Archive 2017
TCF Releases 2016 Annual Report

The TCF 2016 Annual Report is now available online.

In 2016, TCF allocated a total of $847,183 to grants, operational and program disbursements to pursue its mission.

TCF continued to be a leading private grantmaker in the area of Turkish cultural preservation and promotion. In 2016, TCF provided a total of $244,067 in grants and fellowships to organizations and individuals.

The TCF Culinary Arts Center (YESAM) and the TCF Cultural Heritage Preservation and Natural Dyes Laboratory (DATU) in Istanbul continued their work on preserving and promoting Turkey's culinary and textile heritage. DATU and YESAM scholars worked year-round to advance the mission of TCF through research, publications and seminars, as well as collaborations with other institutions. A significant part of DATU's work is dedicated to helping cultural institutions conserve and restore historical artefacts.

Under the TCF Lecture Series, 15 lectures on Turkish culture, art and cuisine took place at the TCF Istanbul branch office and the TCF Culinary Arts Center with a total participation of 389. The lecture videos, made available on the TCF Video Gallery, were viewed 7,115 times by visitors from all over the world.

The TCF Portals, gateways to learn more about Turkish culturemusic and cuisine, were visited by over 3.95 million people from 240 countries and regions in 2016, spreading knowledge about Turkey's cultural heritage.

Dr. Yalcin Ayasli, Founder and Chairman of the Board of Trustees, said "We thank everyone who participated in our work in the past year and renew our commitment to promote Turkey, past, present and future, to strengthen the bonds of friendship among people and to build cultural bridges across the world."

The full report can be accessed here.

Rebirth of Turkey Red

Professor Suhandan Özay Demirkan gives and outline of the fascinating history of Turkey Red, a dyeing process that is now beign used again in Turkey, the outcome of extensive research.

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TCF Rediscovers Recipe of Turkey Red

July 21, 2017

Dyeing Turkey Red at DATU

The Turkish Cultural Foundation’s Cultural Heritage Preservation and Natural Dyes Laboratory succeeded in the rediscovery of Turkey Red (Türk Kırmızısı), a natural dyeing process lost for over 200 years.

A color/dyeing recipe invented by dyers in 16th century Ottoman Empire, Turkey Red, sometimes referred to as Edirne (Adrianople) Red (after the western border town of Edirne in Turkey), was a highly guarded trade secret handed from master dyer to apprentice. The technique was introduced to Europe in 1746 when two master dyers from Izmir were taken to France. From there, the technique spread to England where in 19th Century Glasgow six dyeing factories dyed textiles in Turkey Red.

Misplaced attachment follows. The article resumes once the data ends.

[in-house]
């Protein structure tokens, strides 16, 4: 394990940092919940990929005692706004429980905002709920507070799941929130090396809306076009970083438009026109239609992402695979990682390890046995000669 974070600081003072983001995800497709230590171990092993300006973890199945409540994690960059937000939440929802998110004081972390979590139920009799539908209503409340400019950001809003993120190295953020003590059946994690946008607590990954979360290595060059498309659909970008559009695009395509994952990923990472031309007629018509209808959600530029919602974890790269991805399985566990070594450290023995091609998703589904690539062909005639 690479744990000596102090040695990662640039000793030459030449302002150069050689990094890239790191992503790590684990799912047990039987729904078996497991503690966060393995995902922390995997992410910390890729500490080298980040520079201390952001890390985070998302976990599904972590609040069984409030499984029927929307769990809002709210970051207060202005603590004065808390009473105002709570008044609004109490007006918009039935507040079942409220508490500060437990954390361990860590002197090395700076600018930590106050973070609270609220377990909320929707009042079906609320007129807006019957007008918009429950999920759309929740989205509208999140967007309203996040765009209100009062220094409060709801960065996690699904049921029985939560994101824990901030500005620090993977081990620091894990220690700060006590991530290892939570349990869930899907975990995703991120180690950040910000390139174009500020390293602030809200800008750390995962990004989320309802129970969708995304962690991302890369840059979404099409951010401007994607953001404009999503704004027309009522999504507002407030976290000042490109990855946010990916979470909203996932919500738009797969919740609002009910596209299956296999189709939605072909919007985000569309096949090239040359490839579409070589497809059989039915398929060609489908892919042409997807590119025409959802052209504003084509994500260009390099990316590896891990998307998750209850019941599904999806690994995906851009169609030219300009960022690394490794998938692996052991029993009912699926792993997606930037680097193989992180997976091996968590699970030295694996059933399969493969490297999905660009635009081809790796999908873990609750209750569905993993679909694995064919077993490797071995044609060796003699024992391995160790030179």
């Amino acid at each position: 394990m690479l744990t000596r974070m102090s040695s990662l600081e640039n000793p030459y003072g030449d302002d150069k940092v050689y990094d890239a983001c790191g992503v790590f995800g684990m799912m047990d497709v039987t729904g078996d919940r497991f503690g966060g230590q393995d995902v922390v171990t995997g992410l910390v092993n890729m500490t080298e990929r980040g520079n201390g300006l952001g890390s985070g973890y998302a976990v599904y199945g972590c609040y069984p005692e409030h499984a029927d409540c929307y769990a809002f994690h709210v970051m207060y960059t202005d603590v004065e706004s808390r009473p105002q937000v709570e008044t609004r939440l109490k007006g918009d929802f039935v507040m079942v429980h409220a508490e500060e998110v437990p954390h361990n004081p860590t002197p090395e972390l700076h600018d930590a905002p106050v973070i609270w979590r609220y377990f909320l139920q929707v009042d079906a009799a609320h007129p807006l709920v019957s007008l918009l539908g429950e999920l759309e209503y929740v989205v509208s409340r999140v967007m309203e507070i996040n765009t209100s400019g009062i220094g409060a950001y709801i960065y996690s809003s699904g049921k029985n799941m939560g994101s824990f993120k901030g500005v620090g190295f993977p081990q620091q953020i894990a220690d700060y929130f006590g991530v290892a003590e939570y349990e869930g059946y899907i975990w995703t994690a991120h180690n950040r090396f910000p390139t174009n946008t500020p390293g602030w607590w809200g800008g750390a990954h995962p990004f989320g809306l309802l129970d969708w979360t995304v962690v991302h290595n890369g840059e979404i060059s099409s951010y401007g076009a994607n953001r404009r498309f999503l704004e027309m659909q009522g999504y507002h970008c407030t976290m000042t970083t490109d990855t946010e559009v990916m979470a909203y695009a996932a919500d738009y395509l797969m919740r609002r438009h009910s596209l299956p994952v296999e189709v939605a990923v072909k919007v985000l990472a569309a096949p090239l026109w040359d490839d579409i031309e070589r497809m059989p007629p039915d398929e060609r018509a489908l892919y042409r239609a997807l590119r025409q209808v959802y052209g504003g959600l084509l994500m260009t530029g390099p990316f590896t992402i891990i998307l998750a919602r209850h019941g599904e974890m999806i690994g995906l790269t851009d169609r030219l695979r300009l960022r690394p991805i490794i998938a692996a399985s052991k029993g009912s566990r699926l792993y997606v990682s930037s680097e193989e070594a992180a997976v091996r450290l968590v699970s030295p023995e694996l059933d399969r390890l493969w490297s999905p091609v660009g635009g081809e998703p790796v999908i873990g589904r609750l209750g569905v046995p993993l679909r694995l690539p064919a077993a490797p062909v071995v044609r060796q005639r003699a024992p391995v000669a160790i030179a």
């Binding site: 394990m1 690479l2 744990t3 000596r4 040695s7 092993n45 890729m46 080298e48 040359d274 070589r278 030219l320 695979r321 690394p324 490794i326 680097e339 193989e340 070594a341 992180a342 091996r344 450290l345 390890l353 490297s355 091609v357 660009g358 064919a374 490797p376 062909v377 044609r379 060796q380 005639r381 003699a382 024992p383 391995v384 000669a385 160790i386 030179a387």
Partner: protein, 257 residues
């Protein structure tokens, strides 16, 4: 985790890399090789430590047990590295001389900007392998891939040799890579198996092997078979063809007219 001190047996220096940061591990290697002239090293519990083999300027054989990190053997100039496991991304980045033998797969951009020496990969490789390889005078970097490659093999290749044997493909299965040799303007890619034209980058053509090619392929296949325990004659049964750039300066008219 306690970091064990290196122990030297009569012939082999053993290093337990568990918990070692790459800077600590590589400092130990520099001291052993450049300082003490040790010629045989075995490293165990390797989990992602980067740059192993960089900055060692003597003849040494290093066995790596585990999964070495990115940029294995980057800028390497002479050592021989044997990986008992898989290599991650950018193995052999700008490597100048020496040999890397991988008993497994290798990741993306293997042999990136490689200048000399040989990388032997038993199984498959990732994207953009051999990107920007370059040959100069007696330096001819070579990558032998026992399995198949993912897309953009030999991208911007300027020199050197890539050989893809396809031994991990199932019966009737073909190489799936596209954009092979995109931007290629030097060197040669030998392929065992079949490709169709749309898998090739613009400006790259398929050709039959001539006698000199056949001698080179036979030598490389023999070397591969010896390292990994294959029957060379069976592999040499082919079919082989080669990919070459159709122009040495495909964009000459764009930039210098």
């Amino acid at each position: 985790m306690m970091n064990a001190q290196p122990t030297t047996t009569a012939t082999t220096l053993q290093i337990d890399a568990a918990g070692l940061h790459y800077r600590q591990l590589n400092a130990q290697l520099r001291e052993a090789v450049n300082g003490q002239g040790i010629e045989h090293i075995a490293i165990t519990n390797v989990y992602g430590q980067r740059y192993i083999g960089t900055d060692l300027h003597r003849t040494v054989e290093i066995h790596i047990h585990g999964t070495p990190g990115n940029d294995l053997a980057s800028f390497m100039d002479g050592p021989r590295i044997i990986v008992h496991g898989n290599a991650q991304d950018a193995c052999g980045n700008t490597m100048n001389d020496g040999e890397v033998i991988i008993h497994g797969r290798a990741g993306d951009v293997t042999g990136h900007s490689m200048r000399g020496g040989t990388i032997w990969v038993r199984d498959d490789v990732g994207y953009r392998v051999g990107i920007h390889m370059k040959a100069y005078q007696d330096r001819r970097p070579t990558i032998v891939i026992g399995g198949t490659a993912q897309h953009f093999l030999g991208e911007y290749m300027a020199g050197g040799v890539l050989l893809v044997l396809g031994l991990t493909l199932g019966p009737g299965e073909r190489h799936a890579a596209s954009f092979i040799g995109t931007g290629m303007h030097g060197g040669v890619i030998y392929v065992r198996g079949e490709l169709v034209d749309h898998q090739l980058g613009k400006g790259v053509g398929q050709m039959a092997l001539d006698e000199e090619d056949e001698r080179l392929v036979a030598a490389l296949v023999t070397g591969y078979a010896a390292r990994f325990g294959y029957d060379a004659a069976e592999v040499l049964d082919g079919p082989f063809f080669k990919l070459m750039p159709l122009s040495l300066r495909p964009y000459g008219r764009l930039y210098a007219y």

With the spread of synthetic dyes and the diminishing application of natural dyes in the textile industry, the recipe for Turkey Red was lost. Despite many ongoing academic research projects worldwide, the recipe remained elusive.

TCF and ARMAGGAN partnered in an R&D project at the Cultural Heritage Preservation and Natural Dyes Laboratory to discover the recipe. The project included  extensive literature research, micro-analysis of historical samples and trials of the multiple dyeing steps. It took the research team led by Professor Recep Karadag over three years to establish the recipe of Turkey Red, which is now patented to the Turkish Cultural Foundation.

Turkey Red is created through a dyeing process of cotton fiber with dyes extracted from the root of Rubia tinctorum L. , a natural dye plant. The process includes nearly 40 dyeing steps with high coloring fastness and a special color tone. The dyeing requires a precise protocol of the application steps of the dye, which is a mixture of Rubia tinctorum L. madder dye and vegetable oil. 

“We regard the rediscovery and scientific documentation of Turkey Red as an important contribution to the preservation of our cultural heritage, as well as to science. The work on Turkey Red is one more important milestone in our long-standing efforts for the preservation and contemporary application of natural dyes. By perfecting natural dyes and making them fully usable in contemporary textile manufacturing and other consumer products, we aim to contribute to responsible productions that save our environment and protect human health,” said Dr.Yalcin Ayasli, Founder and Chairman of the Turkish Cultural Foundation.

To read an interview published on the Turkey Red project, please visit here.

DATU dyed Turkey Red

Historical samples of Turkey Red at Glasgow Museum

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